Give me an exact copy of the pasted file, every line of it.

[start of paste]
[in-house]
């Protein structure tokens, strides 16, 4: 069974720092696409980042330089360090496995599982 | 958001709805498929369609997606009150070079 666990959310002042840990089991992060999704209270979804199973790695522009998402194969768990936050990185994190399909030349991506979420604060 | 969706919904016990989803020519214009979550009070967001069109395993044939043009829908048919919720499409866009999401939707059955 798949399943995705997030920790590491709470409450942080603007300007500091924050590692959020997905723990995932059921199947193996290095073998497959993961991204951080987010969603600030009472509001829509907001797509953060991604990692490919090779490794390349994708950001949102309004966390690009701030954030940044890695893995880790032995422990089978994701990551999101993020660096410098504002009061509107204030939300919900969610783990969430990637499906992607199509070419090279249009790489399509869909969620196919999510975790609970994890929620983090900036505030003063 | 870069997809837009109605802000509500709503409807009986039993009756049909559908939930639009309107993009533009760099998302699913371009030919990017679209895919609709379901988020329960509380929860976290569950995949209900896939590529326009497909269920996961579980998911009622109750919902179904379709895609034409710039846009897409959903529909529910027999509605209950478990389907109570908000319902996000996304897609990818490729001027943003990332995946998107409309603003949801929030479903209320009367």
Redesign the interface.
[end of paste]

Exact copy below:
[in-house]
């Protein structure tokens, strides 16, 4: 069974720092696409980042330089360090496995599982 | 958001709805498929369609997606009150070079 666990959310002042840990089991992060999704209270979804199973790695522009998402194969768990936050990185994190399909030349991506979420604060 | 969706919904016990989803020519214009979550009070967001069109395993044939043009829908048919919720499409866009999401939707059955 798949399943995705997030920790590491709470409450942080603007300007500091924050590692959020997905723990995932059921199947193996290095073998497959993961991204951080987010969603600030009472509001829509907001797509953060991604990692490919090779490794390349994708950001949102309004966390690009701030954030940044890695893995880790032995422990089978994701990551999101993020660096410098504002009061509107204030939300919900969610783990969430990637499906992607199509070419090279249009790489399509869909969620196919999510975790609970994890929620983090900036505030003063 | 870069997809837009109605802000509500709503409807009986039993009756049909559908939930639009309107993009533009760099998302699913371009030919990017679209895919609709379901988020329960509380929860976290569950995949209900896939590529326009497909269920996961579980998911009622109750919902179904379709895609034409710039846009897409959903529909529910027999509605209950478990389907109570908000319902996000996304897609990818490729001027943003990332995946998107409309603003949801929030479903209320009367």
Redesign the interface.